Meta-cognitive skills training enhances computerized cognitive remediation outcomes among individuals with first-episode psychosis

Nicholas Jk Breitborde, Cindy Woolverton, Spencer C. Dawson, Andrew Bismark, Emily K. Bell, Christina J. Bathgate, Kaila Norman

Research output: Contribution to journalArticle

12 Scopus citations

Abstract

Aim: Meta-cognitive skills training (MST) is a frequent component of cognitive remediation programmes for individuals with psychosis. However, no study has investigated whether incorporating such activities produces increased clinical benefits compared with computerized cognitive remediation alone. Methods: Individuals with first-episode psychosis who completed computerized cognitive remediation with concurrent meta-cognitive skills training (CCR+MST) were compared with a historical control group who received computerized cognitive remediation alone (CCR) and did not differ from the CCR+MST group with regard to pre-intervention cognition, diagnosis, age, duration of psychotic illness or sex. Participants completed assessments of cognition and real-world functioning before and after 6 months of treatment. Results: Individual receiving CCR+MST experience greater gains in cognition and real-world functioning than individuals who received CCR. Conclusions: MST may be an important component within cognitive remediation programmes for first-episode psychosis.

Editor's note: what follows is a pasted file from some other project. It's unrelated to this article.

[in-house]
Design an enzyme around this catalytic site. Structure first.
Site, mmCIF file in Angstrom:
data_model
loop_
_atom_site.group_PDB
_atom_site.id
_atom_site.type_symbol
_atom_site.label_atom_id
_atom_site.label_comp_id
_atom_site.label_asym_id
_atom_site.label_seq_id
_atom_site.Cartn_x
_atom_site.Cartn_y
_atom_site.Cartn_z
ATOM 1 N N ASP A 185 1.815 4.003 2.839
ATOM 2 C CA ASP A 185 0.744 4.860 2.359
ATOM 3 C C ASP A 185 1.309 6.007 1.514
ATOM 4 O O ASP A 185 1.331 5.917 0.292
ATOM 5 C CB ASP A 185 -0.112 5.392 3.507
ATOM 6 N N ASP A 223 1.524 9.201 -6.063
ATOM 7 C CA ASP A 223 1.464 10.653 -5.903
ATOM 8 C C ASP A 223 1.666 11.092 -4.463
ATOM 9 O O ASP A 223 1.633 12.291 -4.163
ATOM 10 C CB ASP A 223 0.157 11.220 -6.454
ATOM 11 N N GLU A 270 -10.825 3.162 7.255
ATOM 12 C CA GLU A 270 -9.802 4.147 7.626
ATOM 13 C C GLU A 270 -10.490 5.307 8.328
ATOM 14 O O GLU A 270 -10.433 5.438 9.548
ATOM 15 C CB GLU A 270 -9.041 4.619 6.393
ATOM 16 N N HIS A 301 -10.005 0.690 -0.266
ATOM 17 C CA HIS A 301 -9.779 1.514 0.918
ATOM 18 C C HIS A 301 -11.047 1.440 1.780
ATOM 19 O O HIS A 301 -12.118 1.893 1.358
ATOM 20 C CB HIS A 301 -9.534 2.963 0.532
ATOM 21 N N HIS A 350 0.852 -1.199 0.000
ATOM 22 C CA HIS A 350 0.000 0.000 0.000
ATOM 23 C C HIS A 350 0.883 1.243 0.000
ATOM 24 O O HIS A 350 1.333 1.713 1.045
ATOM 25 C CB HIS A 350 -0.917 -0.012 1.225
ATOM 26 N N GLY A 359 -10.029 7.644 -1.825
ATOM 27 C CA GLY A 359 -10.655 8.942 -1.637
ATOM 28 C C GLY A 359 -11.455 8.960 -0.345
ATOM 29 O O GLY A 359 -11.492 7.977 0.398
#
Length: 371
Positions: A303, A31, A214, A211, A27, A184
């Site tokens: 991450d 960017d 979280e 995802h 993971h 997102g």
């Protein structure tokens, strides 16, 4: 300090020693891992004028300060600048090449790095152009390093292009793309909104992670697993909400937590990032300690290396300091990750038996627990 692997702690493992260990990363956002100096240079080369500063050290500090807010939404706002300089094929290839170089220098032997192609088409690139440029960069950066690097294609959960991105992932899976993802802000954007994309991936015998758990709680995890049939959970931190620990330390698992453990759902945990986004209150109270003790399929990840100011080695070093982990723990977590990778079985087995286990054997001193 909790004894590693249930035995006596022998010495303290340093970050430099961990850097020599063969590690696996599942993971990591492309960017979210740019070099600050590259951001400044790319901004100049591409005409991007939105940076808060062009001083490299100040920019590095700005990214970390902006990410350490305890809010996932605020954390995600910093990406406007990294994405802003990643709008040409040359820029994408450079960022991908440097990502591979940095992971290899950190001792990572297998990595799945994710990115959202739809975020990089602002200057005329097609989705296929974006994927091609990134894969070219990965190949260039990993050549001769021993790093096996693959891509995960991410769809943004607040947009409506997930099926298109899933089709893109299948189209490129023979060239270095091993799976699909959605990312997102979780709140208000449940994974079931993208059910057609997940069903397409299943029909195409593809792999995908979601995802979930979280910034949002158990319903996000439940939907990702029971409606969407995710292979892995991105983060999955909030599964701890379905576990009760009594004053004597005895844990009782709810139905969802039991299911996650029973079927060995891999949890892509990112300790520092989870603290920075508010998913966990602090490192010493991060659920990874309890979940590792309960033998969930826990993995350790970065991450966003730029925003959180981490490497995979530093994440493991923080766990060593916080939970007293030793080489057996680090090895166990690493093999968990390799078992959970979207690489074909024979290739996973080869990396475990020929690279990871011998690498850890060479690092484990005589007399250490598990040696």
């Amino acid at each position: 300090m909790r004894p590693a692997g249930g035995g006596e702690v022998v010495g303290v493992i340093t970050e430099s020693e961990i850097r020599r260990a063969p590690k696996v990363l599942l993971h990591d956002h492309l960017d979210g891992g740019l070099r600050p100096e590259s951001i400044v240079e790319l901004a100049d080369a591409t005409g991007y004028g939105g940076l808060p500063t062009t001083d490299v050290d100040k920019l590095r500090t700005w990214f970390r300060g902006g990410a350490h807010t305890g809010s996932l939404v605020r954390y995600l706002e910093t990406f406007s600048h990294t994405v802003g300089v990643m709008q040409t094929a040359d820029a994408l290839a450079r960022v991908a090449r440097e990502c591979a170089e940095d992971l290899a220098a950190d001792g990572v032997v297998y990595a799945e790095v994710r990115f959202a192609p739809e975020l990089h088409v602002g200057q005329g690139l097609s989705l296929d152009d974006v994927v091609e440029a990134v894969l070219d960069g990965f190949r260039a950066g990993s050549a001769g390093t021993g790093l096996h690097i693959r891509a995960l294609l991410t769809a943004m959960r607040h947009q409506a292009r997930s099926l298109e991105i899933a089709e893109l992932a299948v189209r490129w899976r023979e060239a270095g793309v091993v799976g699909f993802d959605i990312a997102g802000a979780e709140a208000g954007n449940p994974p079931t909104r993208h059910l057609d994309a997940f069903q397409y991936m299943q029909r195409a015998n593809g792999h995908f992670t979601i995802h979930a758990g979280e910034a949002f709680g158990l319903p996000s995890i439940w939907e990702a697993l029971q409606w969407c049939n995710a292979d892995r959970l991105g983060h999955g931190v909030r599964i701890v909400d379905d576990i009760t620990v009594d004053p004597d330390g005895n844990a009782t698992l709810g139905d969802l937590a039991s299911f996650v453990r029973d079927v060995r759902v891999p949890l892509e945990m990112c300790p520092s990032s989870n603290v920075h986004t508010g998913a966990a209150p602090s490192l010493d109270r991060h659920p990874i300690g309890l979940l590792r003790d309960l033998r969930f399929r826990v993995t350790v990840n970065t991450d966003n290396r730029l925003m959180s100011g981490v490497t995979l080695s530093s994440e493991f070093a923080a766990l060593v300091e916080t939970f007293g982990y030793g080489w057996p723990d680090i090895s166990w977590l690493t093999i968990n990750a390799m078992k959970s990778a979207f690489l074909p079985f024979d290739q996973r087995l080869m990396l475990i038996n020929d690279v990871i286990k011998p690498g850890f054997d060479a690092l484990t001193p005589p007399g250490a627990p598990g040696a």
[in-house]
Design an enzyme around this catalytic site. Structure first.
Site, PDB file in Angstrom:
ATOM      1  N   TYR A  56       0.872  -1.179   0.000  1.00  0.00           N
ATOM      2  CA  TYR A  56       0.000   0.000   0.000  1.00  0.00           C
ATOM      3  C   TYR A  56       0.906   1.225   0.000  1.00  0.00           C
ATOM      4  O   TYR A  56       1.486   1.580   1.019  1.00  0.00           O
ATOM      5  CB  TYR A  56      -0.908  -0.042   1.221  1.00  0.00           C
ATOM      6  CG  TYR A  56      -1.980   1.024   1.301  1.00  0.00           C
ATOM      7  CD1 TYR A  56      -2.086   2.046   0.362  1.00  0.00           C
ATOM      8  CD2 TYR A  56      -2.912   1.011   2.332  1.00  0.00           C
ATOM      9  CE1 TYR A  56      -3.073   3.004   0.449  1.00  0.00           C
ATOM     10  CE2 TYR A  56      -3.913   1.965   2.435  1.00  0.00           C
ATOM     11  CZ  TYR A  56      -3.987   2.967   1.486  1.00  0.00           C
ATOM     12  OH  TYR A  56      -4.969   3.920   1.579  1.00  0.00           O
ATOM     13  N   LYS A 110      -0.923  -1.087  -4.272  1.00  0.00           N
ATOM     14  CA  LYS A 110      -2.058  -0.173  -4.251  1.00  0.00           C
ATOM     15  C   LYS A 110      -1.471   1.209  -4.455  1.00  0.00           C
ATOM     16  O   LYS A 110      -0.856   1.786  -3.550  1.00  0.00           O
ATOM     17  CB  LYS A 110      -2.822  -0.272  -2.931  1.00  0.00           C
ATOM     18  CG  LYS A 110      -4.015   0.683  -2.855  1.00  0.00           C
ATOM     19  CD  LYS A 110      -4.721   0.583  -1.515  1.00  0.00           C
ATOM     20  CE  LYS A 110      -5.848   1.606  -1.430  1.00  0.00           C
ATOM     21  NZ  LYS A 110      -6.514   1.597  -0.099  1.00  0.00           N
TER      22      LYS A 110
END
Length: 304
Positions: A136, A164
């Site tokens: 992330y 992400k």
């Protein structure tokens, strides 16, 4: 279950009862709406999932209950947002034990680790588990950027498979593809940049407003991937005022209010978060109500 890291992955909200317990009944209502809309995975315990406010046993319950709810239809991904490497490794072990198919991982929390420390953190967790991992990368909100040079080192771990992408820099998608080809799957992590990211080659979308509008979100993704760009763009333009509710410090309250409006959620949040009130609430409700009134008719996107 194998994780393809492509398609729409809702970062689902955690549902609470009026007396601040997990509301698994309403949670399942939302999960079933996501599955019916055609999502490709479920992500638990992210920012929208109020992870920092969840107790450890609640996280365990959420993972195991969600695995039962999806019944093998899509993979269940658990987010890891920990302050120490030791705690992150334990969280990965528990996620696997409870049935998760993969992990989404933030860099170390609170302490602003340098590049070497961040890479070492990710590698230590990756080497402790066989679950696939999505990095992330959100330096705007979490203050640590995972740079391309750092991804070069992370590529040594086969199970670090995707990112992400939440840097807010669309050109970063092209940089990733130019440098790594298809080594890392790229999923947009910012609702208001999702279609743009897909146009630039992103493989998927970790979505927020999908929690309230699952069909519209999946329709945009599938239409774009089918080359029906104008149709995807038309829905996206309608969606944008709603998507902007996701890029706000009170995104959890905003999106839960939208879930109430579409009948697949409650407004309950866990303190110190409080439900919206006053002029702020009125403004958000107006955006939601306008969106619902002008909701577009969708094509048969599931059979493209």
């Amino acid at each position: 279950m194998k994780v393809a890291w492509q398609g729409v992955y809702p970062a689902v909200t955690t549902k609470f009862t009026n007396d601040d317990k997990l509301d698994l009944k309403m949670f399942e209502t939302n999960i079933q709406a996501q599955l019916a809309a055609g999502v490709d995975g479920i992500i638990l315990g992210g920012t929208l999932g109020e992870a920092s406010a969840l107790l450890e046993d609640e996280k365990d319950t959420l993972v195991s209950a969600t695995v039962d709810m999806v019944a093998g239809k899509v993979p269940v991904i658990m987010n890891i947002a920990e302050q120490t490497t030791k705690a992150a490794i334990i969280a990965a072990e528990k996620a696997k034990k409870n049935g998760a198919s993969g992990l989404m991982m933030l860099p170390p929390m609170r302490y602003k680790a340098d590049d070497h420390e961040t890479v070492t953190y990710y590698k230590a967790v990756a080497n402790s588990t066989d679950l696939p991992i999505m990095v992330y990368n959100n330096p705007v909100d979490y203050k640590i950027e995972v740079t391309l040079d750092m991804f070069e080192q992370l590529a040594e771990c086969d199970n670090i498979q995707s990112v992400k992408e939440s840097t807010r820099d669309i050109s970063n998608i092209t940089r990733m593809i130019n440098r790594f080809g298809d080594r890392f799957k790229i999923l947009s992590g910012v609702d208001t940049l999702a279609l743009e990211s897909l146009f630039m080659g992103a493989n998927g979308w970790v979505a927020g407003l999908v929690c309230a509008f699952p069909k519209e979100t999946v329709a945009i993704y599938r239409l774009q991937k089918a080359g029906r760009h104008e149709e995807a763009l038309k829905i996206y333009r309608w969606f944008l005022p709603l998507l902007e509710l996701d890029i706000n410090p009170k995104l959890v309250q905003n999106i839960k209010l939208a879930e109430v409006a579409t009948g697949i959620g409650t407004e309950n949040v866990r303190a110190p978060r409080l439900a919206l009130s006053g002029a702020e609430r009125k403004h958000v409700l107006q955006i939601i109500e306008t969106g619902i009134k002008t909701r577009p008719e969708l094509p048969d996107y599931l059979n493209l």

Original languageEnglish (US)
JournalEarly Intervention in Psychiatry
DOIs
StateAccepted/In press - 2015

Keywords

  • Cognition
  • Cognitive remediation
  • First-episode psychosis
  • Meta-cognition
  • Treatment

ASJC Scopus subject areas

  • Psychiatry and Mental health
  • Phychiatric Mental Health
  • Biological Psychiatry

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